For thousands of years, lightning has always mystified and scared mankind as it was perceived as a sign of divine intervention. In the XVIIth century, it was revealed that this natural phenomenon consists in an electrostatic discharge.
Each year, about 20 people along with tens of thousands of farm animals are killed as a result of the million of lightning strikes reported in France. In the meantime, a major amount of electronic and electric equipment is destroyed yearly.
When two air masses with very different temperatures collide, it favors the conditions required for the formation of a cumulonimbus. Violent vertical air streams reaching up to 15 km appear within the clouds and form ice fragments, water drops and hail. These elements will then start to lose electrons when colliding each other. As long as the cloud grows bigger, it cumulates a high number of electrical loads thus becoming a giant capacitor. Such difference in terms of electrical loads can appear within the same cloud, between different clouds and between the lower part of a cloud and the ground. Electrostatic fields can then reach very high levels from 10 to 25kV/m: the lightning strike is imminent.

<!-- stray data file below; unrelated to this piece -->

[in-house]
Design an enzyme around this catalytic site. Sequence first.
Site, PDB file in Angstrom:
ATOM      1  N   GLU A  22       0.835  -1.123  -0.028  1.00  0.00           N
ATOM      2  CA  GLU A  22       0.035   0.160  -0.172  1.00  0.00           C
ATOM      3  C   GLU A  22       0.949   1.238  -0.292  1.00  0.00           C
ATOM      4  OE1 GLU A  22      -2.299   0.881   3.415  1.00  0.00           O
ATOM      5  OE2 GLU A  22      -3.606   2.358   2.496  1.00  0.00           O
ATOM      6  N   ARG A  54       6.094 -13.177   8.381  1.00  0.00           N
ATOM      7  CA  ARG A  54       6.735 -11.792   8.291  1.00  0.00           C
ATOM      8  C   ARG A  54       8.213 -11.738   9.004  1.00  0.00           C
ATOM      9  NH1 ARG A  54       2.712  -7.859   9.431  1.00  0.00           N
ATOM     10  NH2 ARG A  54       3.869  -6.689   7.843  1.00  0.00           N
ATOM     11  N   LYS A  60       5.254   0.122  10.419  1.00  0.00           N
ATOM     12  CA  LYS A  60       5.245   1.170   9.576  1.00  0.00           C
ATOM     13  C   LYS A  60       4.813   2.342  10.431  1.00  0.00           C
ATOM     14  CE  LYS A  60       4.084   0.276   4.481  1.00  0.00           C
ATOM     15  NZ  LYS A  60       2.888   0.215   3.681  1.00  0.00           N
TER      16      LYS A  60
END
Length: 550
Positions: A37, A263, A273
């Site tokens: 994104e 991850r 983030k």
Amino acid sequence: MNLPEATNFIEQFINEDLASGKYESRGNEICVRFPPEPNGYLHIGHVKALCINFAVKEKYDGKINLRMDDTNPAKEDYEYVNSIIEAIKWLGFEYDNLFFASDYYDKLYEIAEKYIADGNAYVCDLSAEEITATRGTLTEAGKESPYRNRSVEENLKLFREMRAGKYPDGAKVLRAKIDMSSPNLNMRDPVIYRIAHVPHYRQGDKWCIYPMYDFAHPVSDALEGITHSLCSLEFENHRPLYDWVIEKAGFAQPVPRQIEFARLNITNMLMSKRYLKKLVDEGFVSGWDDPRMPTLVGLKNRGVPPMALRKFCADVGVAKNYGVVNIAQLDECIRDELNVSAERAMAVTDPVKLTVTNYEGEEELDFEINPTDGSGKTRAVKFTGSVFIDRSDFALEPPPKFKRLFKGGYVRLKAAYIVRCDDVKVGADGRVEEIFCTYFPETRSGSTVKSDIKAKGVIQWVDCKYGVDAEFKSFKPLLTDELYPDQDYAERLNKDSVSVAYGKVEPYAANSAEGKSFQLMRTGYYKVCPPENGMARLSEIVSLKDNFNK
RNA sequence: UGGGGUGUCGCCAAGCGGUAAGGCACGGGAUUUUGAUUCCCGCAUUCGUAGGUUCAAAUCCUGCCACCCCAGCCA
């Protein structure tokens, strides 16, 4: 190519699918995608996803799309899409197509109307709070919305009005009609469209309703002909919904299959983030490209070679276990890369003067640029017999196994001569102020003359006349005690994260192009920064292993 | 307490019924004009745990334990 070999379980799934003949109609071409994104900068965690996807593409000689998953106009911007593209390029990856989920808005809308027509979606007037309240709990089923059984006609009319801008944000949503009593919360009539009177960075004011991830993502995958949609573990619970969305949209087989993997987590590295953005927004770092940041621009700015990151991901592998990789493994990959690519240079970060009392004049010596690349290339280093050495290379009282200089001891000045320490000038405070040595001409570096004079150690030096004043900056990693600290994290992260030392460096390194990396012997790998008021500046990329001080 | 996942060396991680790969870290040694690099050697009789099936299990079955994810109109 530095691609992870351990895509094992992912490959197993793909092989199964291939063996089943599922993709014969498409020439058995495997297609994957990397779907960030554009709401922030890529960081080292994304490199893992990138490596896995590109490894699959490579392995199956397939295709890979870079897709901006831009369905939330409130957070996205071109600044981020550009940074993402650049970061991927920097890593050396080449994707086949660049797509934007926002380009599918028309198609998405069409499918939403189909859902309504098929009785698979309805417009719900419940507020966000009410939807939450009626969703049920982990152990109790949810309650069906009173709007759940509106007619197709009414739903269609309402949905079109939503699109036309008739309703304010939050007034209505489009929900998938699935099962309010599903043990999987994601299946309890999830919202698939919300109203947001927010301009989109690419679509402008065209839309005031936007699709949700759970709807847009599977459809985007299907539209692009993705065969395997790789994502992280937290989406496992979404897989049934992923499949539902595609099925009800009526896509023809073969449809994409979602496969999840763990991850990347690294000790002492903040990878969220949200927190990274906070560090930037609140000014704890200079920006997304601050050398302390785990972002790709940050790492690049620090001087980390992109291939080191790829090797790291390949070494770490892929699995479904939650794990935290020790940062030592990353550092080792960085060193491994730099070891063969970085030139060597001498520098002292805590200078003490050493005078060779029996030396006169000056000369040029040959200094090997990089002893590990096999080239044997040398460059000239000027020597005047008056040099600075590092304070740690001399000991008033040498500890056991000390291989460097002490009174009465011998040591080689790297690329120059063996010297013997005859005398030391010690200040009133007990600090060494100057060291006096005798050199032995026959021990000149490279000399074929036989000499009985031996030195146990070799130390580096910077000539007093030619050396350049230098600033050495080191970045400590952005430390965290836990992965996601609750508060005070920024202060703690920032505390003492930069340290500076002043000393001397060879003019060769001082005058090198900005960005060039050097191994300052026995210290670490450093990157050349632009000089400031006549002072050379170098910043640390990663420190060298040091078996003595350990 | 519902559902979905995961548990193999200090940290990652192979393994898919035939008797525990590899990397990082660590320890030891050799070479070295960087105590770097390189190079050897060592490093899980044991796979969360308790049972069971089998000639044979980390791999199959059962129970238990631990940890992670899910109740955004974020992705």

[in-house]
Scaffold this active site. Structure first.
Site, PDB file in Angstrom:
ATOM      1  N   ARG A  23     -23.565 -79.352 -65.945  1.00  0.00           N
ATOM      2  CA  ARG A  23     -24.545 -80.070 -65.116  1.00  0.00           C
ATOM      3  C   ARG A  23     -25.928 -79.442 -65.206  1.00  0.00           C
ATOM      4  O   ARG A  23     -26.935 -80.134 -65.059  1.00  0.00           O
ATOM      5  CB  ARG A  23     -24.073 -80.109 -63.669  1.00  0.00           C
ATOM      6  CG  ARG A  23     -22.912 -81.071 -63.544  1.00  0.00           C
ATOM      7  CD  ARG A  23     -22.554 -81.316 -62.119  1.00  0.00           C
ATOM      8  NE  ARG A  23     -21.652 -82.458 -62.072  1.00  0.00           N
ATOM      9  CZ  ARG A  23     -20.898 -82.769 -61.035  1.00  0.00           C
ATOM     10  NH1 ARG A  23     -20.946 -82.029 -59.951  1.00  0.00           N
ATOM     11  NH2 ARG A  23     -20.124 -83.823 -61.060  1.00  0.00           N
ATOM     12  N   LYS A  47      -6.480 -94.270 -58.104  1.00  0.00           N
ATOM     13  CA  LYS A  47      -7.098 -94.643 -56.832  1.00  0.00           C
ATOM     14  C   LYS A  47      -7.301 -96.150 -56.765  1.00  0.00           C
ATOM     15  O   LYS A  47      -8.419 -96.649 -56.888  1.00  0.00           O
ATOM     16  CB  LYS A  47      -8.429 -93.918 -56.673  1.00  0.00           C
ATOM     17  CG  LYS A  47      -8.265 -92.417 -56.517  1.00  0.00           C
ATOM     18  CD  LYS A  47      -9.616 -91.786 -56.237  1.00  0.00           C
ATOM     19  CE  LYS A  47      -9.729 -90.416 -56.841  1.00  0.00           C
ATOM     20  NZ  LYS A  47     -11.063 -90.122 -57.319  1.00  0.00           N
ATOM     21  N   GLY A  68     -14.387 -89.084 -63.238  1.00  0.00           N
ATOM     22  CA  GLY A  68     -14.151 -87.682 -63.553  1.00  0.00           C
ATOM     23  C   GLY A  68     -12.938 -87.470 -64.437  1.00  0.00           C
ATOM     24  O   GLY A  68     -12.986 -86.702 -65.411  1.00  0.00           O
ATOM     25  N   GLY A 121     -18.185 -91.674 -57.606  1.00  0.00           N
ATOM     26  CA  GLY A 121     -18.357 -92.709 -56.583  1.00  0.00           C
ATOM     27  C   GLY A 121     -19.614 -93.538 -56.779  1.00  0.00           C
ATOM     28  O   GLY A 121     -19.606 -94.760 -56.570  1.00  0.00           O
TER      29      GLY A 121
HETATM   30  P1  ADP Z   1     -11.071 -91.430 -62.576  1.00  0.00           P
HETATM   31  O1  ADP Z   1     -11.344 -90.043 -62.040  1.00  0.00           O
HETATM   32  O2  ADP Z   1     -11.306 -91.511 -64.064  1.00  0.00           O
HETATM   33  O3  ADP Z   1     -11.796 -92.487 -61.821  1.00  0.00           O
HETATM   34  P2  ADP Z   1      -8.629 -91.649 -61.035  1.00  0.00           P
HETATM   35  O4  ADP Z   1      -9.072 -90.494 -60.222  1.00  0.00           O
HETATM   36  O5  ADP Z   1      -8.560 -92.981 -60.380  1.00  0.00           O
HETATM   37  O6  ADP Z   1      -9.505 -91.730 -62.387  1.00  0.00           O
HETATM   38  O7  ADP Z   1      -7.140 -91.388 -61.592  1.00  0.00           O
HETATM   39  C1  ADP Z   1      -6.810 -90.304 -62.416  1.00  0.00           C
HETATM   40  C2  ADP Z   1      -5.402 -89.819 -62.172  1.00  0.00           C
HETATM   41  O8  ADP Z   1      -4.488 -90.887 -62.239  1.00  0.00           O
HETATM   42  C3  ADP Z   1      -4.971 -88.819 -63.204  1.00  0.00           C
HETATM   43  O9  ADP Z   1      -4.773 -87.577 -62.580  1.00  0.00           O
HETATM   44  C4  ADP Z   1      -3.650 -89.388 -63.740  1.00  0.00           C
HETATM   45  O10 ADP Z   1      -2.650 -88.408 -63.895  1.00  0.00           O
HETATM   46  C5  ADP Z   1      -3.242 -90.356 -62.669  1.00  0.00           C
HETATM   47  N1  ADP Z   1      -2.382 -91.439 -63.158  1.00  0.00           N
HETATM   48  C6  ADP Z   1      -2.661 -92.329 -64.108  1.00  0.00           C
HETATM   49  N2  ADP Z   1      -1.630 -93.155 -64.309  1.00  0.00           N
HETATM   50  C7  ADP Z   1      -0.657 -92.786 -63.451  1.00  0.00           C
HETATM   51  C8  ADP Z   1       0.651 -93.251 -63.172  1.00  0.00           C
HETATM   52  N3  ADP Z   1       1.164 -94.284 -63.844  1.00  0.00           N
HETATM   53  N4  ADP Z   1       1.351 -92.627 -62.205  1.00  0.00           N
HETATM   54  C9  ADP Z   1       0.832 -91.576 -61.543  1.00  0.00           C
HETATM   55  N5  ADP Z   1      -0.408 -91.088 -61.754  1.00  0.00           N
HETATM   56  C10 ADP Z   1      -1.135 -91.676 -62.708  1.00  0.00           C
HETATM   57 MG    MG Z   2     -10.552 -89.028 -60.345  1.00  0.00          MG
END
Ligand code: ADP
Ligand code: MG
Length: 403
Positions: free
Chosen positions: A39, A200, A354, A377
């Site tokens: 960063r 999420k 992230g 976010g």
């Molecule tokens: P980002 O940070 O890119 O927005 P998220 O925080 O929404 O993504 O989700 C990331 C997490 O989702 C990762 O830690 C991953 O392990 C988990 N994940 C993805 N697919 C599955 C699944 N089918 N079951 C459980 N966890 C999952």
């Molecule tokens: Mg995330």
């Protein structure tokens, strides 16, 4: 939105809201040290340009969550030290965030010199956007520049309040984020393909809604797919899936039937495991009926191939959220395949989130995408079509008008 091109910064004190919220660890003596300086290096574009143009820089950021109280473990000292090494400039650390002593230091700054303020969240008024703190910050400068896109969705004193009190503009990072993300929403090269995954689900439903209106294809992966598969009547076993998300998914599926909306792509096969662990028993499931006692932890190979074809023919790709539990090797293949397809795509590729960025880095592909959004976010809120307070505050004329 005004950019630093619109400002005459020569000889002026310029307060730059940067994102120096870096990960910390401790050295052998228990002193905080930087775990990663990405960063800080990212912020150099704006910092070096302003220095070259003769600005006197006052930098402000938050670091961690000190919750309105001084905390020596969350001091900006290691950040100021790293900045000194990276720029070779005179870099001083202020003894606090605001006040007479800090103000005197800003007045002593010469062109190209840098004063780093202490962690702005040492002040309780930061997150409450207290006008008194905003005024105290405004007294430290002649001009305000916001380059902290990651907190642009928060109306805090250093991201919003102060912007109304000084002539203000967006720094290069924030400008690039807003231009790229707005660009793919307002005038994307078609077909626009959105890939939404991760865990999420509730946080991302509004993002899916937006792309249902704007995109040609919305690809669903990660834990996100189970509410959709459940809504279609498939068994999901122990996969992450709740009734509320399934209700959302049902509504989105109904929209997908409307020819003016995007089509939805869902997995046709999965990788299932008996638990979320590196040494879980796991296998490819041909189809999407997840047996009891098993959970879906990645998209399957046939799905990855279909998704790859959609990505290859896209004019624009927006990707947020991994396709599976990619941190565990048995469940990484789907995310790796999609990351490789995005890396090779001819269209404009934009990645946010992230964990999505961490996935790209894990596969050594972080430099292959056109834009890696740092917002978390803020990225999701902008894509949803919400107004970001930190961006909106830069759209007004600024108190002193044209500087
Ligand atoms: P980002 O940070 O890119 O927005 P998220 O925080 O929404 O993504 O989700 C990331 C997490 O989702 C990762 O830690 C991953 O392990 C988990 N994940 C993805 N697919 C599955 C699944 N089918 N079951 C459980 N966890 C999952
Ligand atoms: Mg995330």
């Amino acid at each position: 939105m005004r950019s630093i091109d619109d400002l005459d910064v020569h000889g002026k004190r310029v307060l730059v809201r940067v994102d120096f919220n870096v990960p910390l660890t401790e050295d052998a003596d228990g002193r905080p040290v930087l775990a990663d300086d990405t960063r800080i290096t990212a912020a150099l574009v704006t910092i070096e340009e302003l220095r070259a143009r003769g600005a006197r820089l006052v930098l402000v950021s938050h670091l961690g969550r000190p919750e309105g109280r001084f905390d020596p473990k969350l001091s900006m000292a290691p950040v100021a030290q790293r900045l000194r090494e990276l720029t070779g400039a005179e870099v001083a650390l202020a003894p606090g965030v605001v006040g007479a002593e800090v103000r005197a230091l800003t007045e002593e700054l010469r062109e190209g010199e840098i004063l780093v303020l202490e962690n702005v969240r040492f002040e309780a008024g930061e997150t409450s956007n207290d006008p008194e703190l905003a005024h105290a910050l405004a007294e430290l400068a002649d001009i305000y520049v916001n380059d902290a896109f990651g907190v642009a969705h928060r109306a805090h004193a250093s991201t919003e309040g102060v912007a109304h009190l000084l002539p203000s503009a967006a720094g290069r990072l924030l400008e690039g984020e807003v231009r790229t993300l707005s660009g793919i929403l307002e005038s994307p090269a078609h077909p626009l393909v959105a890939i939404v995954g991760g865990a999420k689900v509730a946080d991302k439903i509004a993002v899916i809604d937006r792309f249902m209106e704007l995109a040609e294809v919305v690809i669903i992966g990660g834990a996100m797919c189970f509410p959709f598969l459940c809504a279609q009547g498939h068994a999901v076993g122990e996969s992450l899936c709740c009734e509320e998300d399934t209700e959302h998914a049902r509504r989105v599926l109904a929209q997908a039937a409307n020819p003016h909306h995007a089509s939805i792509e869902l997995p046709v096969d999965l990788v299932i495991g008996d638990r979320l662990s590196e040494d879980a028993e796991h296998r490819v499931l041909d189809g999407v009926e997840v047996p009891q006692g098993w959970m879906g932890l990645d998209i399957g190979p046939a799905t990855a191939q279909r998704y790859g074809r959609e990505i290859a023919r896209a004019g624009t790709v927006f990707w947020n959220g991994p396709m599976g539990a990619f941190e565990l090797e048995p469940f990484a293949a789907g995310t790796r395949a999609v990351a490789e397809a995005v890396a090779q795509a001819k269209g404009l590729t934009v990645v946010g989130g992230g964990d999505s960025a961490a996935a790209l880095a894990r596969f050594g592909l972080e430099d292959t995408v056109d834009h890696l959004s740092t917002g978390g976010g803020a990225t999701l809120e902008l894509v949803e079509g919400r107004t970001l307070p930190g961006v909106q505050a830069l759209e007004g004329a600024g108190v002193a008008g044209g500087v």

In fact, a lightning bolt is a very complex process which can be divided in several phases. Small quantities of energy are expelled from both the cloud and the ground and progress one leap after another with a speed of 200 km/s: this creation of upward and downward leaders is barely perceptible to the naked eye. These leaders “breach” into a micro ionized tunnel. Once the upward leader is close enough to the downward leader, a connection between the tunnels occur. The cloud will be discharged through this ionized path. A lightning bolt is the result of repeated consecutive discharges which can be compared to a stroboscopic effect.